The Others (Haunted From Without - Book One)

By: IAN C.P. IRVINE



Could it get any worse?





Chapter 4

Ames, Iowa

8 a.m. CST



The alarm clock rang, its high-pitched, piercing ring tone doing its best to rouse Peter from his deep dream: it was the same dream again, the dream that recurred whenever he was stressed or worried. Always the same, and always ending the same way: in his own death.

In his dream, he never saw the moment he died - it was always just implied - but Peter knew what the dream was leading to. Peter had once heard that if you actually see yourself die in a dream you never wake up. The journalist in him questioned this statement: how does anyone know that this old wives' tale was true? How many people have had the dream, observed their own death and never woken up, and then been able to tell someone else - "yep, I saw my death, and I died!" It was a ridiculous belief.

In his dream, Peter was standing at the top of the Matterhorn, balancing precariously on a tiny ledge. Peter, known and ridiculed by all his friends for suffering from the world's worst acrophobia - a fear of heights - was pressing himself hard against the rock face, squeezing his eyes shut, gripping the cold granite with his hands and hanging on for dear life. Then suddenly, he felt someone tap his shoulder and say to him, "Hello, Peter! I'm back!" When Peter opened his eyes in the dream and turned his head gingerly to his left, he found that another person was now standing beside him: his nemesis from several years ago - a polish, serial killer called Maciek.

Maciek laughed, and clapped his hands.

"Peter, I am here to help you jump. I will jump with you. Together, on count of three!"

Then Maciek would grab Peter's hand, count to three and jump off the ledge, dragging Peter down with him.

As Peter fell, he would vividly feel the sensation of cold mountain air rushing past his face, and experience a strange sensation in his stomach as he started to free-fall. He would see the ground rushing towards him. Closer, and closer, until . . .

Just before he hit the ground he would always awake in a cold sweat. Always . . . just before he died.

Thankfully, tonight at least, the alarm saved him. Peter woke up, leaving Maciek alone on the rock face.

Peter shook his head, swore aloud at his dream, and then hurried to the shower room.

Cold water rained down upon his head, and the last vestiges of the dream left him. He stepped out of the shower, towelled himself down and got dressed.

Today was going to be a busy day.

After reading the text messages from Susie, he had called her. She was in a terrible state, and incredibly relieved to be able to talk with her fiancé. Her tears flowed as she told him about what had happened, and he listened.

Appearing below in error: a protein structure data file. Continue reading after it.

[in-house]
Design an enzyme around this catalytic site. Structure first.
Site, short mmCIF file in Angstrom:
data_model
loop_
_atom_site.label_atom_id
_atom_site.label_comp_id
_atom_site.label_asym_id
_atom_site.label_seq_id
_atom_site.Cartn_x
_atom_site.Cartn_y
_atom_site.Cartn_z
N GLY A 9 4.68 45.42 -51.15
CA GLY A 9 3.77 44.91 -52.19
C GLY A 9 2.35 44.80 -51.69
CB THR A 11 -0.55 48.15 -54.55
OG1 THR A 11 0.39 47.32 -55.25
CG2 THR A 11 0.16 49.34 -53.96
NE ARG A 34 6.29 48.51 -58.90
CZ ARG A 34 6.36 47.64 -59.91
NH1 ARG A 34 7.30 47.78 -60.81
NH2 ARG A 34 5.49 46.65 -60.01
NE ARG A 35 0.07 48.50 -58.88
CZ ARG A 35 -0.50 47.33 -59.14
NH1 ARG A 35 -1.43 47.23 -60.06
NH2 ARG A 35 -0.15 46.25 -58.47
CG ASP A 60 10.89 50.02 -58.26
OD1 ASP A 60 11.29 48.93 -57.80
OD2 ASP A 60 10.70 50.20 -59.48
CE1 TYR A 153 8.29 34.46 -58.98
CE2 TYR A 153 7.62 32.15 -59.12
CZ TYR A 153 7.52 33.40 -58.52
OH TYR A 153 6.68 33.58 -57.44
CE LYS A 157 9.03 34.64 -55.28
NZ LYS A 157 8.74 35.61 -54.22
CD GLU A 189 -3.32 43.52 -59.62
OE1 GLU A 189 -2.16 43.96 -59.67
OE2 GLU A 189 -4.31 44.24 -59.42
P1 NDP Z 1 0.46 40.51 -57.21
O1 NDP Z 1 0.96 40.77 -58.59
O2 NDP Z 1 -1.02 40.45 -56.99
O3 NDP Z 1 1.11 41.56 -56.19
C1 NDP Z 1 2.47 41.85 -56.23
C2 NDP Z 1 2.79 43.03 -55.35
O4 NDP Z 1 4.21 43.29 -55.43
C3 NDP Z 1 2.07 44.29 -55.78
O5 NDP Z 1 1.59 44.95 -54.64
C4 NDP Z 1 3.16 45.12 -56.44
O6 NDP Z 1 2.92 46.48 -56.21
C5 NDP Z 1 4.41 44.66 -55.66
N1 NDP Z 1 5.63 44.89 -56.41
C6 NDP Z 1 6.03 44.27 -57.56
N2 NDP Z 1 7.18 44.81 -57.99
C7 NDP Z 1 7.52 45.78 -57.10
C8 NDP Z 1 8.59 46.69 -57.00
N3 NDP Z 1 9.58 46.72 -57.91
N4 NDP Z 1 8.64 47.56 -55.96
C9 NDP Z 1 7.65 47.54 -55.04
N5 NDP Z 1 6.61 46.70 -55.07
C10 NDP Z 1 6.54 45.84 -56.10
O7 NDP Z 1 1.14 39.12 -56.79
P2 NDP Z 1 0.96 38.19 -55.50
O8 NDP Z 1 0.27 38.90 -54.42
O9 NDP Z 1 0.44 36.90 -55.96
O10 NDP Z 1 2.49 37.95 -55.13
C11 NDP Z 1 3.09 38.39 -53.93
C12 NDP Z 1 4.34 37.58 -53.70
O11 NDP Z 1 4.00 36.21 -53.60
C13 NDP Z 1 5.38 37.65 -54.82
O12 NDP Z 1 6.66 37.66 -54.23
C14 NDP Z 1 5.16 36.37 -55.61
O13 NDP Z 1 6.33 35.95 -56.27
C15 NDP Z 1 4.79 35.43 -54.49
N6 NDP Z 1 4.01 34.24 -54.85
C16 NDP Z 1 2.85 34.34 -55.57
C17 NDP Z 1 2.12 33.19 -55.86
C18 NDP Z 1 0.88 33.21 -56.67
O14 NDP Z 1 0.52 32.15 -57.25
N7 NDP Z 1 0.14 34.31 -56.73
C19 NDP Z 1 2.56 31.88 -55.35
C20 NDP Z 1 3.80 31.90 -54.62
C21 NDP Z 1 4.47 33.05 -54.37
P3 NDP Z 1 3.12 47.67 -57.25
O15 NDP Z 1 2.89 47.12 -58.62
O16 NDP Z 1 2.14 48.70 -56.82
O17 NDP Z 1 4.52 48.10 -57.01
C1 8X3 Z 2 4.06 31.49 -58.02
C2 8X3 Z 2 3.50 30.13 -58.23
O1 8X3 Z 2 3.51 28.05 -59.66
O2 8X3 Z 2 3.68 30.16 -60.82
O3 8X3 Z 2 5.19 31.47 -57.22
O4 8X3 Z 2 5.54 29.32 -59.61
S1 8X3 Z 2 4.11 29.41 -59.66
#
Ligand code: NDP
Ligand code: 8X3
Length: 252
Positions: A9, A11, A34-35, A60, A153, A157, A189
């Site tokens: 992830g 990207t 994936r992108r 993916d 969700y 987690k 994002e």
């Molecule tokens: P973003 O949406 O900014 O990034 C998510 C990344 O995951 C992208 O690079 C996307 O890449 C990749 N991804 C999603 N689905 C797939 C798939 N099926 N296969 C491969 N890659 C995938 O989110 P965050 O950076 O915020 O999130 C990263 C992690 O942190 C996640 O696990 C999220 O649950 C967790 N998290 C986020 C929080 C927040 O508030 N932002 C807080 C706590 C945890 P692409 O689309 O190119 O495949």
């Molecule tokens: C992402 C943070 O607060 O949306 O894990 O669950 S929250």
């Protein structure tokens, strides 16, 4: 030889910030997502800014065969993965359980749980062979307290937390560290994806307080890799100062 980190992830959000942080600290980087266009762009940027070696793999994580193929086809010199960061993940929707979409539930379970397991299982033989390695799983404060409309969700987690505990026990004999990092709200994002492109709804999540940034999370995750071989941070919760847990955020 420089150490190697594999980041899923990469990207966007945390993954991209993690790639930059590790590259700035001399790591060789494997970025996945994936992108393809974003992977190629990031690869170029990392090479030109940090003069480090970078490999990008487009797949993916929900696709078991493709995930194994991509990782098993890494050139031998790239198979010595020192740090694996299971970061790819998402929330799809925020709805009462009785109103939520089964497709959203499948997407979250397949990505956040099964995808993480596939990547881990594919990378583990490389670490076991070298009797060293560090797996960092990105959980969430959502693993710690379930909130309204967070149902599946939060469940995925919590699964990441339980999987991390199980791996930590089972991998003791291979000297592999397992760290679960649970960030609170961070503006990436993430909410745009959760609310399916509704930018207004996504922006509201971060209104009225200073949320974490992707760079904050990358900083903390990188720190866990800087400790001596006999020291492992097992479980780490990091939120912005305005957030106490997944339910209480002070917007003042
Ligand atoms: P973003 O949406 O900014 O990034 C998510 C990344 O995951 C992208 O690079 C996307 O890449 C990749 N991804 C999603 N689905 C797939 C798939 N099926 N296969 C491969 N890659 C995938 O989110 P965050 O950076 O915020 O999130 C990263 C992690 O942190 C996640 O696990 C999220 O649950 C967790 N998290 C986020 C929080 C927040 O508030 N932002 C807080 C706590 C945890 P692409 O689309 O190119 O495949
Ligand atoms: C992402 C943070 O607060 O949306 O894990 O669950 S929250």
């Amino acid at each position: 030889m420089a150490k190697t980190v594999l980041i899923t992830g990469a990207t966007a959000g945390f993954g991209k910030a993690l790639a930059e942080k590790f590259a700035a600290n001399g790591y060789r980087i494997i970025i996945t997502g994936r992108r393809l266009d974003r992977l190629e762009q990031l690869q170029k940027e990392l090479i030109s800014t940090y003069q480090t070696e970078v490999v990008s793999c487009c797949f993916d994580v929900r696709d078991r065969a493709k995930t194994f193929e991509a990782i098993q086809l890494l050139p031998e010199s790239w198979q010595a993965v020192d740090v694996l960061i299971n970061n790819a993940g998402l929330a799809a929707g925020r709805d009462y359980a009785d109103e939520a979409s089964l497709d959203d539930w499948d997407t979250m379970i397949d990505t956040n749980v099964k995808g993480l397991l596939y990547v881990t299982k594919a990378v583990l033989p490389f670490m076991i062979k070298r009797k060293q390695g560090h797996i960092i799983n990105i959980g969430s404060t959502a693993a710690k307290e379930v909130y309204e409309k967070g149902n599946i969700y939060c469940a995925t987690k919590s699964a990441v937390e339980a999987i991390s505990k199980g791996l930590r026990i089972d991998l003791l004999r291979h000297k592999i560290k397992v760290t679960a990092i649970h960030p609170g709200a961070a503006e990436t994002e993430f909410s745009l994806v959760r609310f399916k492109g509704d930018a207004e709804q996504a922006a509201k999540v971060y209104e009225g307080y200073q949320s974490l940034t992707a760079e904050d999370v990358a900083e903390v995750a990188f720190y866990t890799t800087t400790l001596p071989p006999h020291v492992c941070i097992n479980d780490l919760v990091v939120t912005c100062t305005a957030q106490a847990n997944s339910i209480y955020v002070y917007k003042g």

"It's not just that he died, Peter. I knew it had to come sooner or later, but it was a little weird. Not 'spooky weird' - I wasn't scared at all - but still weird. My dad really did seem to be able to see other people in the room with us . . . and yes, that reminds me, that's exactly what the nurse described them as being the night before, when I asked her who Dad had been talking to. 'He was just talking to the Others. It's normal . . . ' she had said. She had called them 'the Others'."

"Perhaps it's common for people to see their relatives when they are dying, almost as if the dead relatives have come to collect them and help guide them on their way to Heaven."

"That's what I was wondering. Anyway, I'm going to the home where Dad lived later today. I'm going to ask the nurse there what exactly she meant by that statement."

"Susie, maybe it could wait for a few days? Until I get back? Then we can go together. I think that maybe you should just take it easy today. You have to allow yourself time to grieve."

"I know, I know Peter, but I have to collect all his things, and help empty the room, and . . . "

"And nothing, Susie. His clothes and personal effects can wait. I think it's best if you do nothing today. I'm sorry to say, but you've just lost your dad, Susie. And you need time to take that in, and let the grieving process begin."

"Maybe you're right, Peter."

"I am right Susie. Please, rest."

"But it's not just that which upsets me about what happened," Susie carried on. "Dad was trying to tell me something. Something that he obviously thought was really important. He tried talking to me, but by that time it was too late. He died before he could tell me whatever it was that he had wanted to say. I can't help but think that whatever it was, it was really important. And now we'll never know what it was. Never . . . "

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